Officials took steps to review their 2017 property tax levy Nov. 1 during a Lockport City Council Committee of the Whole meeting.
The numbers, as presented, aim to keep the city’s operation going in various ways through street repairs, the police department and debt payments.
Finance Director Lisa Heglund said the numbers she and city staff have are based on trying to capture what they can by using preliminary information.
“We don’t have final numbers, and we won’t have final numbers until the spring,” she said.
The calculations do not take into account some of the new warehouses and planned-unit developments coming on line. Will County is responsible for determining the assessed values of properties, and preliminary estimated numbers were provided to city officials in August.
A presentation on the property tax levy noted that Lockport’s new growth was valued at $42 million. Last year, the city had $17 million of new growth. Heglund said that is a big deal for Lockport.
This year, the consumer price index, or the rate of inflation, is 2.1 percent. Reviewing last year’s numbers, the CPI amounted to 0.7 percent.
“We’re estimating the [equalized assessed valuation] to be up at $2,008,” Heglund said. “You can see that for the last four years we’ve been on the rise, which is a good thing for us.”
Property taxes make up 40 percent of the City of Lockport’s revenues.
History shows that the school districts make up 60 percent of the average property tax bill, with other costs stemming from services for fire and the City amounting to 11 and 9 percent, respectively.
Due to a rise in the equalized assessed valuation, Lockport officials are looking to lower the tax rate by 4.2 percent. That decrease could make for the City’s fourth consecutive drop.
Lockport officials are proposing to levy for a total of $6.3 million for 2017.
This year, the City seeks to capture an amount high enough to give officials enough room to collect the growth and CPI. That means a house valued at $250,000 last year is to pay $7.96 less toward the city’s portion of property taxes in 2018.
The council will hold a public hearing at its next Committee of the Whole Meeting slated for Nov. 16. That same measure is to be considered by officials at their Dec. 6 meeting to provide time for the City to submit documentation to Will County detailing the property tax levy before the end of December.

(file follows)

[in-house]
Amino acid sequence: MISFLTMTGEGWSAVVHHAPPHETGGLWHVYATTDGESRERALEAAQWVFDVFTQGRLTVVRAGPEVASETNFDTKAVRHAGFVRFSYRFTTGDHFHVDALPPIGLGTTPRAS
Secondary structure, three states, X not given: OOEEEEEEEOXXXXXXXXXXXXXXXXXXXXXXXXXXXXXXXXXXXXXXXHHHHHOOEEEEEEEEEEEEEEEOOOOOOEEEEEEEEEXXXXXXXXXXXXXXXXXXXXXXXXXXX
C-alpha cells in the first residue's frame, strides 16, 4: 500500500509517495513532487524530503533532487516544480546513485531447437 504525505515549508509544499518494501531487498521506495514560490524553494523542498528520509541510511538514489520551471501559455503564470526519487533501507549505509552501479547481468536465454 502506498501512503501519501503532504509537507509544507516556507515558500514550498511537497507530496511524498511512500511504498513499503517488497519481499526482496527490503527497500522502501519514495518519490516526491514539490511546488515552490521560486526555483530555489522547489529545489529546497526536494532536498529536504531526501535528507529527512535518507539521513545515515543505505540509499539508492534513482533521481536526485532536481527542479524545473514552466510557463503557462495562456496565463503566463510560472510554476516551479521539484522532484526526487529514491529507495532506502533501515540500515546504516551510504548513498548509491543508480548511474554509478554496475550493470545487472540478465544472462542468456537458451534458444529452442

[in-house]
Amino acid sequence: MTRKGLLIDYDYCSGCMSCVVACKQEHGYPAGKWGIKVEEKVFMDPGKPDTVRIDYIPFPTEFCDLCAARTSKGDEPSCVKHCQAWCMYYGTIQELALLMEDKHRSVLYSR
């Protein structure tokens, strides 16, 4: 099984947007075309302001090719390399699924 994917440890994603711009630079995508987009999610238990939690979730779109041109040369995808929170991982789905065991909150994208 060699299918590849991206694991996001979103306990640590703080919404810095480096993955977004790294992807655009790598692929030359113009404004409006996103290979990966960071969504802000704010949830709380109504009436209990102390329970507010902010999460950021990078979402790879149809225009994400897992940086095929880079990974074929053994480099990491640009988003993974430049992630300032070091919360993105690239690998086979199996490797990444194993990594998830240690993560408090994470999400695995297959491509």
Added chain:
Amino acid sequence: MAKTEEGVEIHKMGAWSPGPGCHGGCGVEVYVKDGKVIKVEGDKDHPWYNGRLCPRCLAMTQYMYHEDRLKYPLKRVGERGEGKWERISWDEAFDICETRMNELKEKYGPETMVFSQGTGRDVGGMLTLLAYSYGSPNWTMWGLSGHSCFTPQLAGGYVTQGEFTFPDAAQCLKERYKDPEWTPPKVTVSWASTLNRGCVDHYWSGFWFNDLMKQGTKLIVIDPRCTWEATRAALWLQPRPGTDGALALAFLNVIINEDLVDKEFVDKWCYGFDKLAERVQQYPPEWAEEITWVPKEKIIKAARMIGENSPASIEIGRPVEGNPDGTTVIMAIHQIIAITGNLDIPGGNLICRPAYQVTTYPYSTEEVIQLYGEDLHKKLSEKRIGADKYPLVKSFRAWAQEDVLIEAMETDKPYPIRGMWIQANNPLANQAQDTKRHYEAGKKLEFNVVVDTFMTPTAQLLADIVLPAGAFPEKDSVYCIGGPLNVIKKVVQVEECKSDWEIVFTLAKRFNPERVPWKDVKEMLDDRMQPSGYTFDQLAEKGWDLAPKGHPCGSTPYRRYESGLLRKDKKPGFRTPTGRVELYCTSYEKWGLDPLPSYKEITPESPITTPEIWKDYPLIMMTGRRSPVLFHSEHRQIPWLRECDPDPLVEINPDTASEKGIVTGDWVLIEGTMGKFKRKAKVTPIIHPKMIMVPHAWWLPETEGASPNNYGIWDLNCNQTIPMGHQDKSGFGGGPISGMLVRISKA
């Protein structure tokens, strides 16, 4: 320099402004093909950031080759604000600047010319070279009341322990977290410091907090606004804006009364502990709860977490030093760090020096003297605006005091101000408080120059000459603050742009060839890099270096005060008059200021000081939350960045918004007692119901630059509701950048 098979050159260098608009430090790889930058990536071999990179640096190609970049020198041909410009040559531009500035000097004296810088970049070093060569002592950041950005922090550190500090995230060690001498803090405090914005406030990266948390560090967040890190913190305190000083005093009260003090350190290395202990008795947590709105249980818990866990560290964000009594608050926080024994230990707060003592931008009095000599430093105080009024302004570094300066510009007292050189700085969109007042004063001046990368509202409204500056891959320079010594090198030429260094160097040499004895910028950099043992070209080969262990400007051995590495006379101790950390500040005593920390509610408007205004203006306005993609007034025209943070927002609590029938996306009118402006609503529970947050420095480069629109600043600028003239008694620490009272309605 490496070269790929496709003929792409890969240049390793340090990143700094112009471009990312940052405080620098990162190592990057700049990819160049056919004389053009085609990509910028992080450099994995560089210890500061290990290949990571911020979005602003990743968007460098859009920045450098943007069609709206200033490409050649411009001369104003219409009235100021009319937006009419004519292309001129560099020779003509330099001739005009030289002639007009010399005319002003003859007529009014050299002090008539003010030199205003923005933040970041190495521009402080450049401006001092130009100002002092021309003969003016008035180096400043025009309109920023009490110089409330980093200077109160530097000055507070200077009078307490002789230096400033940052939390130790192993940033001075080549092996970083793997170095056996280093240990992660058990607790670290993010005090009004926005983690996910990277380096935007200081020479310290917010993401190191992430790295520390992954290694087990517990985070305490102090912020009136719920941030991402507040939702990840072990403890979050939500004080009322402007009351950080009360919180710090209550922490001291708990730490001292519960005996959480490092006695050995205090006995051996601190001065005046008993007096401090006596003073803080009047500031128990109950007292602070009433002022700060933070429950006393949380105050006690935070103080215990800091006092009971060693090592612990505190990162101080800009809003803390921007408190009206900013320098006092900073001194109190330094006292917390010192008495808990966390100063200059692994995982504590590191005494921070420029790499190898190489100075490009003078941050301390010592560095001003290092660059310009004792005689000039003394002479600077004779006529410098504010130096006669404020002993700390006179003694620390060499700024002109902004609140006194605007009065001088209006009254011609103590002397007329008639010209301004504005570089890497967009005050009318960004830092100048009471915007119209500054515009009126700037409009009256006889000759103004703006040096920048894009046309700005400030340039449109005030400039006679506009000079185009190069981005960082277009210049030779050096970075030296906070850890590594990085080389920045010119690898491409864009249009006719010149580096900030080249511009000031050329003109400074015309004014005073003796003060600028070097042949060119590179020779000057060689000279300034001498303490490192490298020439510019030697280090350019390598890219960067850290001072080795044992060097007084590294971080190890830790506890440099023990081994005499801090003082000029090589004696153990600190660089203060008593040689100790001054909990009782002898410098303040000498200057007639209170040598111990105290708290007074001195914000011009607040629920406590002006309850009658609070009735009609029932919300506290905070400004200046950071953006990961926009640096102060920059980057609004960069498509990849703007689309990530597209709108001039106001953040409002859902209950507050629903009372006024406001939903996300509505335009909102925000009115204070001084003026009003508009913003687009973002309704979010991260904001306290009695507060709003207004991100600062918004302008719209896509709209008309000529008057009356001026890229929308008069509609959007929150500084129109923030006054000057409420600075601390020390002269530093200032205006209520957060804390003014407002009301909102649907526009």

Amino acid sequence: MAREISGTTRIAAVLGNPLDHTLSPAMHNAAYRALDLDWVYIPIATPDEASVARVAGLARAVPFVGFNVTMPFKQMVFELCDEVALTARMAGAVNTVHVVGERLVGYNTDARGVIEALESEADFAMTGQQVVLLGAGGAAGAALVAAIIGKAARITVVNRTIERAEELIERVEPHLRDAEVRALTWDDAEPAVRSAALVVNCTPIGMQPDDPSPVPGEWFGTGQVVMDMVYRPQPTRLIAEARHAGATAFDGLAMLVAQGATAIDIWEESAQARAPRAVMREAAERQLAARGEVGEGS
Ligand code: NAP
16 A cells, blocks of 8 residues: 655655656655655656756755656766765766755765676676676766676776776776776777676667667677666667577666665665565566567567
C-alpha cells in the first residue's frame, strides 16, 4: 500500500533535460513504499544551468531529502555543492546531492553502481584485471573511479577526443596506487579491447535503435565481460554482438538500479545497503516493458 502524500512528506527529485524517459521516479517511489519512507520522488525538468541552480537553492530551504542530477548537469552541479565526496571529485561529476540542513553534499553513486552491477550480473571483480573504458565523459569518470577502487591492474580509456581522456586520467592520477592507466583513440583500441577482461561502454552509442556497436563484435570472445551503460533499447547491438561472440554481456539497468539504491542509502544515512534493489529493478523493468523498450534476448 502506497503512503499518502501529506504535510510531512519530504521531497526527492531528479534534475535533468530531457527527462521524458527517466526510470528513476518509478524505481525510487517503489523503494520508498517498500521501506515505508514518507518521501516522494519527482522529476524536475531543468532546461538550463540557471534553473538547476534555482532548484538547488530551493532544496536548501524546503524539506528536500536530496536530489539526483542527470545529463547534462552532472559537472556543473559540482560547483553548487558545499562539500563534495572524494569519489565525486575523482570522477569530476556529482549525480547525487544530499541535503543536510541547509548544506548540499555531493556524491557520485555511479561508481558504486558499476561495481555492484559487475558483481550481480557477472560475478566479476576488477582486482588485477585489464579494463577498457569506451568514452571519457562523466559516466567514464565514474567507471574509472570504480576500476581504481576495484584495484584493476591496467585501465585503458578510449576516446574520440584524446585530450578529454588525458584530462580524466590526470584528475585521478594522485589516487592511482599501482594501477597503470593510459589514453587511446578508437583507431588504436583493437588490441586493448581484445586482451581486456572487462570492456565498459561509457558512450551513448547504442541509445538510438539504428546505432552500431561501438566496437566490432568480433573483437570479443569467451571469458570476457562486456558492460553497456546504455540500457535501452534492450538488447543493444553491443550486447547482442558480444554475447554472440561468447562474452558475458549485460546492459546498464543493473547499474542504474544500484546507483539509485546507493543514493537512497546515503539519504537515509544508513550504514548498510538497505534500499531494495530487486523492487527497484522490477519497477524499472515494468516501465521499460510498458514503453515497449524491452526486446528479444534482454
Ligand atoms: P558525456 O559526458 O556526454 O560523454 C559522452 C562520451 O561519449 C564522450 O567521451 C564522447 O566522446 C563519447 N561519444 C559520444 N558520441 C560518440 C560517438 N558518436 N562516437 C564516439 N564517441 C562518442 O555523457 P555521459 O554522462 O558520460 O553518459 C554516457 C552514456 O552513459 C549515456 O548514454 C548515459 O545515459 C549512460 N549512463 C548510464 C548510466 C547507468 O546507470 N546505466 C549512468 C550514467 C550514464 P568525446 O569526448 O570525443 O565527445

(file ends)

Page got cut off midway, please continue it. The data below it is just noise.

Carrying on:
Potential reduction in school facilities impact fees
Also at the meeting, City Administrator Ben Benson presented information to the Lockport City Council on a measure to reduce school facilities impact fees by 50 or 100 percent and remove the annual fee escalator.
The measure, if approved, would take effect Jan. 1, 2018, by basing the council’s action on New Lenox and Homer Glen having applied reductions.
The City of Lockport established a policy in 2014 for local school districts to collect funds based on a set of conditions for which the area sees as it experiences growth.
An initial fee schedule for elementary and high school districts was previously adjusted by 4 percent in 2009, and it is to increase every year thereafter through 2025.
“This really affects new homebuilders in the City of Lockport,” Benson said.
The school facilities impact fees are meant to provide school districts with funds for new buildings, additions and improvements, so as to the extend money to make up for any shortfalls faced in the event of residential growth.
When the economy experienced a downturn in 2008, the city continued to collect fees.
Benson shared data during the meeting that shows the city’s fees totaling to amounts higher than those of New Lenox and Homer Glen.
The council came to a consensus providing direction to Benson to present information at their next meeting that will lower the cost by 80-90-percent than the city’s current fee, remove the annual fee escalator and require accounting from school districts when and if fees are requested to be increased.